3. Widen US-59 between Westpark Tollway's interchange with it and 610, and have the tollway run in the center of it. This would connect with the rest of 610 N and 59 E a bit like how the High Five in Dallas interfaces with its HOT lane. The current way Westpark is squeezed into the current configuration is pretty gnarly. The remaining section of Westpark Tollway won't go to waste, however, it will be turned into the exit ramps for 610. So instead of the existing 610 S to 59 W exit ramp, you'll use the Westpark Tollway exit, and the old exit will be demolished so the frontage roads could connect and intersect could be created! Pretty neat, huh? (Obviously, this will all be modified, as the particular bit of exit ramp actually goes from 610 to Westpark, not the other way around)

 

Honestly, from looking at this, it looks like part of the problem is the whole 610 mess, so here's one more...

 

4. Post Oak Blvd. is closed past Hidalgo, and the ROW is abandoned. The southbound frontage road continues being a normal frontage road until Richmond, where it hooks up with main southbound frontage road.

 

 

Share this post


Link to post
Share on other sites

 

 

3.) Reconfigure Chimney Rock exit (headed south)  by exiting before the 610 traffic merges into 59/69 and have those exiting 59/69 to 610 do so before the Chimney Rock entrance to the freeway. Either that or eliminate the Chimney Rock exit / entrances all together.

 

 

I think that will be implemented as they rebuild the interchange at 610 over the next few years.

Share this post


Link to post
Share on other sites

There is always a backup between the spur and 288.  There 6 six lanes on 59 goes to 3 lanes.  Everybody takes the spur but then cut in front of vehicles on 59.  Sometimes there a cops right at the spur that catches them.  I think they should double deck it.  Or tear it down with to levels like the LBJ freeway in Dallas.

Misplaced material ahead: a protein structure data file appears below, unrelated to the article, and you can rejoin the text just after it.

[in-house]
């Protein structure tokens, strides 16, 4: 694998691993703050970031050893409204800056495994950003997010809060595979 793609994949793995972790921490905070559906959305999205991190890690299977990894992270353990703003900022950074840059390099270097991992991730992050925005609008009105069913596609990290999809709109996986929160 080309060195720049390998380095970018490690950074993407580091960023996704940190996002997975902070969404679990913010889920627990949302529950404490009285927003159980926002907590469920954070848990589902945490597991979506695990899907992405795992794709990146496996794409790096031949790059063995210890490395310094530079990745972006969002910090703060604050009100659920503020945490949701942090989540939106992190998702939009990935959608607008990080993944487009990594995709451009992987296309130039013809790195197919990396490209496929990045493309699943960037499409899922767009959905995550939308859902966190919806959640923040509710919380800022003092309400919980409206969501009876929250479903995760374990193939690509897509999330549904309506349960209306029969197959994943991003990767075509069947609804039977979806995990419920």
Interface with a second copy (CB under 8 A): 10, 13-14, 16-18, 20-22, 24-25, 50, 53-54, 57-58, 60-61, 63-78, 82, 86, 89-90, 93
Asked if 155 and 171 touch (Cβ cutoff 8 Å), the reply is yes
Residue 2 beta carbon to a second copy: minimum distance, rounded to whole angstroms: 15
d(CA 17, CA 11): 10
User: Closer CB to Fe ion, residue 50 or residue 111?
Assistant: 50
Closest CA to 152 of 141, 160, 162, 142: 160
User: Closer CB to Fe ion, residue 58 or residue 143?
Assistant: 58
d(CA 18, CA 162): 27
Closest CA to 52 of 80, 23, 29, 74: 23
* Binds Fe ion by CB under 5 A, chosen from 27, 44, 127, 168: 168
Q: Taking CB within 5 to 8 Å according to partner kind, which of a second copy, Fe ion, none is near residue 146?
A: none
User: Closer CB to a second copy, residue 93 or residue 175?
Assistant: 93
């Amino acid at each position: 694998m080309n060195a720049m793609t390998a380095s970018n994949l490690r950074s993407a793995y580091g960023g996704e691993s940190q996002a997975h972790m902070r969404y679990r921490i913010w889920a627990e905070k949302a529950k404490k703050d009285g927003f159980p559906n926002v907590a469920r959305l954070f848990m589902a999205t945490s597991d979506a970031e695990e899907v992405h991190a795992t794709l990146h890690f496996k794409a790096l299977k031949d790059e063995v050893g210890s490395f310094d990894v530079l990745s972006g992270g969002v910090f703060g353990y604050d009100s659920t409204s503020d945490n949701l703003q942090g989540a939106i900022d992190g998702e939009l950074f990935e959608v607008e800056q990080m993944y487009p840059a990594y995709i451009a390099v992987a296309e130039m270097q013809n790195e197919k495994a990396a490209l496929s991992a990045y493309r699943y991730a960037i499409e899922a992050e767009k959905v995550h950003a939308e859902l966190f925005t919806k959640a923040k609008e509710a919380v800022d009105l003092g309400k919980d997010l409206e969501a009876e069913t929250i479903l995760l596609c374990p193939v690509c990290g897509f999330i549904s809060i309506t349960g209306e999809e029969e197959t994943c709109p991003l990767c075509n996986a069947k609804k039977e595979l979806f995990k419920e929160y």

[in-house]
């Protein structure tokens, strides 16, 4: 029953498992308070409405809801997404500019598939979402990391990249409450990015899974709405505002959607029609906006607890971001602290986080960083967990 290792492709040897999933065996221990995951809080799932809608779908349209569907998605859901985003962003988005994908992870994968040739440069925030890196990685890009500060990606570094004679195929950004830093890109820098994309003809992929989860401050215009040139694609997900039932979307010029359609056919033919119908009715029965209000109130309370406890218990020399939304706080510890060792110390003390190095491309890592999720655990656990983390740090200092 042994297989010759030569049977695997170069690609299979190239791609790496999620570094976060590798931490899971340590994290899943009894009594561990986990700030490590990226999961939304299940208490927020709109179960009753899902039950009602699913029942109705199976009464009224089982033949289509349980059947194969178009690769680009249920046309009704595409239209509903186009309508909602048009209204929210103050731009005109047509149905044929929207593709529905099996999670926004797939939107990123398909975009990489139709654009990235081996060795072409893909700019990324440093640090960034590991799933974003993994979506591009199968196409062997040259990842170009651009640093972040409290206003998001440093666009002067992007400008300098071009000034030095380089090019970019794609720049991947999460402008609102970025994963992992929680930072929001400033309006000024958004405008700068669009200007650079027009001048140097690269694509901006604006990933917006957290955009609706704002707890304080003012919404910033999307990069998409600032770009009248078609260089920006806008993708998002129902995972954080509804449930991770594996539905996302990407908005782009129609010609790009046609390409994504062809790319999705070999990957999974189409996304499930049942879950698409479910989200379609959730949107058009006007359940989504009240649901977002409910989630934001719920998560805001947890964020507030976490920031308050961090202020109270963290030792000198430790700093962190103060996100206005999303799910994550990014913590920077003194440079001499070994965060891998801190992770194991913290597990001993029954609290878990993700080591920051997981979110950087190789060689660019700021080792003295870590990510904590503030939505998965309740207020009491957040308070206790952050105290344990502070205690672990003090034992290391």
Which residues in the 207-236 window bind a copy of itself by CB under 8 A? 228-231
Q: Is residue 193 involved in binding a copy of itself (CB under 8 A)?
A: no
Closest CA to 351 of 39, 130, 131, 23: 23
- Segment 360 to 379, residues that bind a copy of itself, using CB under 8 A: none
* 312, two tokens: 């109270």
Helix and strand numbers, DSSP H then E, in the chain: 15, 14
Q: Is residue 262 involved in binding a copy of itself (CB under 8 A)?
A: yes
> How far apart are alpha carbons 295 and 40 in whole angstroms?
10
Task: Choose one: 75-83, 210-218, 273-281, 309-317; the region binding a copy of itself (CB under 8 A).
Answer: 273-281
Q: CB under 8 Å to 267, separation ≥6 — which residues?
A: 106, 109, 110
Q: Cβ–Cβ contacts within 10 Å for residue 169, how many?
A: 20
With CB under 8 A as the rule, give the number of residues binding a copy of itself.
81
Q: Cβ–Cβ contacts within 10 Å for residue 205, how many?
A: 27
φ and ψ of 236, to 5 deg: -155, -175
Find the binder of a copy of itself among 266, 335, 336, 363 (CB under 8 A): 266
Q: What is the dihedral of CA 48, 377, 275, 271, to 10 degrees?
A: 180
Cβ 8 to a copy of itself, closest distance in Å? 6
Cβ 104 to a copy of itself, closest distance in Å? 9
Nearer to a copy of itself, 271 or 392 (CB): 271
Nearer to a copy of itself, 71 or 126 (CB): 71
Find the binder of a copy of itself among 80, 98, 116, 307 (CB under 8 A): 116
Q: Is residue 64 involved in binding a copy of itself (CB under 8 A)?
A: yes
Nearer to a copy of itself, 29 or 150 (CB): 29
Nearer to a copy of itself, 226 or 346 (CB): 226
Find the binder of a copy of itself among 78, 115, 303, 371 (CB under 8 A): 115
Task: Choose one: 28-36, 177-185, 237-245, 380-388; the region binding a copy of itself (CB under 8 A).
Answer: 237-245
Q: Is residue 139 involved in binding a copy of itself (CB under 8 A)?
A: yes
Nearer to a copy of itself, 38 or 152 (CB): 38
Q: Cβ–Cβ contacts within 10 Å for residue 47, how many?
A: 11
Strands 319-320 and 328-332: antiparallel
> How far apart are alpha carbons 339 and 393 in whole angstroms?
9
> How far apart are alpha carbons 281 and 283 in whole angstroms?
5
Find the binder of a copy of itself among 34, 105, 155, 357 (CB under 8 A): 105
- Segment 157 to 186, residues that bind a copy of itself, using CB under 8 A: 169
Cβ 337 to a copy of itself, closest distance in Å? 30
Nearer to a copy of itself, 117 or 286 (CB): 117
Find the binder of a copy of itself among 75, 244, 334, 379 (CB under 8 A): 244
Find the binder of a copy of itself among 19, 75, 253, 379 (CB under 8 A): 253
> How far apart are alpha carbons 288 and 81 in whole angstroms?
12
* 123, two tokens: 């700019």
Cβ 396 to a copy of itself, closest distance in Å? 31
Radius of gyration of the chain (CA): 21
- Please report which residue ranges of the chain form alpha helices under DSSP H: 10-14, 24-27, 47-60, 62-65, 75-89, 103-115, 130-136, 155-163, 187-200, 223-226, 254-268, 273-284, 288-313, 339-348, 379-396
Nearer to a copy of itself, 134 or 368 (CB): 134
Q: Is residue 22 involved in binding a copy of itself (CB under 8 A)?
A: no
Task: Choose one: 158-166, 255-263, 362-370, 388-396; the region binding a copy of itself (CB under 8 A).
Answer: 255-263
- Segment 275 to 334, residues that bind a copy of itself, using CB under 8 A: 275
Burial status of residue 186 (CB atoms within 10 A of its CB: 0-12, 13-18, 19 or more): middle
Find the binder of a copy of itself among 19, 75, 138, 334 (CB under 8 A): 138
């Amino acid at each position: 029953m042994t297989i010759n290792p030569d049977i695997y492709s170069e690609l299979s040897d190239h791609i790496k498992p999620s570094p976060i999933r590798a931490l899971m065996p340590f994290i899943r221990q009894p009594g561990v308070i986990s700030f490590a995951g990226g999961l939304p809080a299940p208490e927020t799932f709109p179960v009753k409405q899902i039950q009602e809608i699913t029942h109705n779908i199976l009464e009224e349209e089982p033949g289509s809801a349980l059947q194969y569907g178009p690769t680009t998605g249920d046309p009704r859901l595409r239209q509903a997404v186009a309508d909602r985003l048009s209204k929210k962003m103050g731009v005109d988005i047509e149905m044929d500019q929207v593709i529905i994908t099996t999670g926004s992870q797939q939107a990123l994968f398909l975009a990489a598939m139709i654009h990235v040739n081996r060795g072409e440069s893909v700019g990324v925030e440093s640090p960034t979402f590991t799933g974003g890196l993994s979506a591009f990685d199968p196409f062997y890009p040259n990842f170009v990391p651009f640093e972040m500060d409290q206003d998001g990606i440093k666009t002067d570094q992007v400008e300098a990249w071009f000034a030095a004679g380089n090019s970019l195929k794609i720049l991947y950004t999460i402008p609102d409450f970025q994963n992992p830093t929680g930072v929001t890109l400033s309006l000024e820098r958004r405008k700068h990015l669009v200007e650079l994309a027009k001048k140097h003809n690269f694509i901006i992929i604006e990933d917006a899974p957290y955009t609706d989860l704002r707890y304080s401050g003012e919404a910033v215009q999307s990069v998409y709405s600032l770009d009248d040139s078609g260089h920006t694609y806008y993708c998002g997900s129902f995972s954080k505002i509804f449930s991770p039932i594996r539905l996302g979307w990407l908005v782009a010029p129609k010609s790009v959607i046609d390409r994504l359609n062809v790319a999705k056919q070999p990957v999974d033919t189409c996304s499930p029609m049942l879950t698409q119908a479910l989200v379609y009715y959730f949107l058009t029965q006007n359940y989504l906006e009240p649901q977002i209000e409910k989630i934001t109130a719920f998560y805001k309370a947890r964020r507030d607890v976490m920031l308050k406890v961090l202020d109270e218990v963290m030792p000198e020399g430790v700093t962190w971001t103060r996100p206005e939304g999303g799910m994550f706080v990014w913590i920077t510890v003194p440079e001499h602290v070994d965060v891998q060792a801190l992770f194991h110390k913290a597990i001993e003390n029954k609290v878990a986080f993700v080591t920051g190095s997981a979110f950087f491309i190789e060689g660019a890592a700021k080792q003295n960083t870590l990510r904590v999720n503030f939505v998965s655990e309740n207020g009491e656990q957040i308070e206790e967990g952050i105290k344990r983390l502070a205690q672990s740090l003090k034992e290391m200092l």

Share this post


Link to post
Share on other sites

That's the problem with the whole freeway. People cuting in at the last moment. There needs to be away to make people commit to one direction or another much earlier instead of allowing them to wait for the last moment. Let's face it Houston driver's are a-holes and have no problem screwing others to get ahead. There would be no traffic problem if people respected others but they don't and there is not enough enforcement to force the issue.  

 

There is always a backup between the spur and 288.  There 6 six lanes on 59 goes to 3 lanes.  Everybody takes the spur but then cut in front of vehicles on 59.  Sometimes there a cops right at the spur that catches them.  I think they should double deck it.  Or tear it down with to levels like the LBJ freeway in Dallas.

 

  • Like 2

Share this post


Link to post
Share on other sites

What about forcing commitment to going onto the spur sooner, with pylons separating the lanes instead of the solid white line?  Or would that just end up with a lot of broken pylons?

  • Like 1

Share this post


Link to post
Share on other sites

while the cut-ins don't help the traffic situation of 59 mainlanes, they aren't the main cause of the traffic and their only real purpose is that they are a target of your anger while sitting in traffic.

 

putting in bollards, or jersey barriers, or whatever to split the traffic sooner and not allow people to cut across the double-whites, all that would do is help the flow into midtown. If that's the goal, then I'm all for it. I wonder how many accidents occur in this split from people traveling in the midtown lanes coming up unknowingly on someone slowing down to cut back into the main lanes?

Share this post


Link to post
Share on other sites

What about forcing commitment to going onto the spur sooner, with pylons separating the lanes instead of the solid white line?  Or would that just end up with a lot of broken pylons?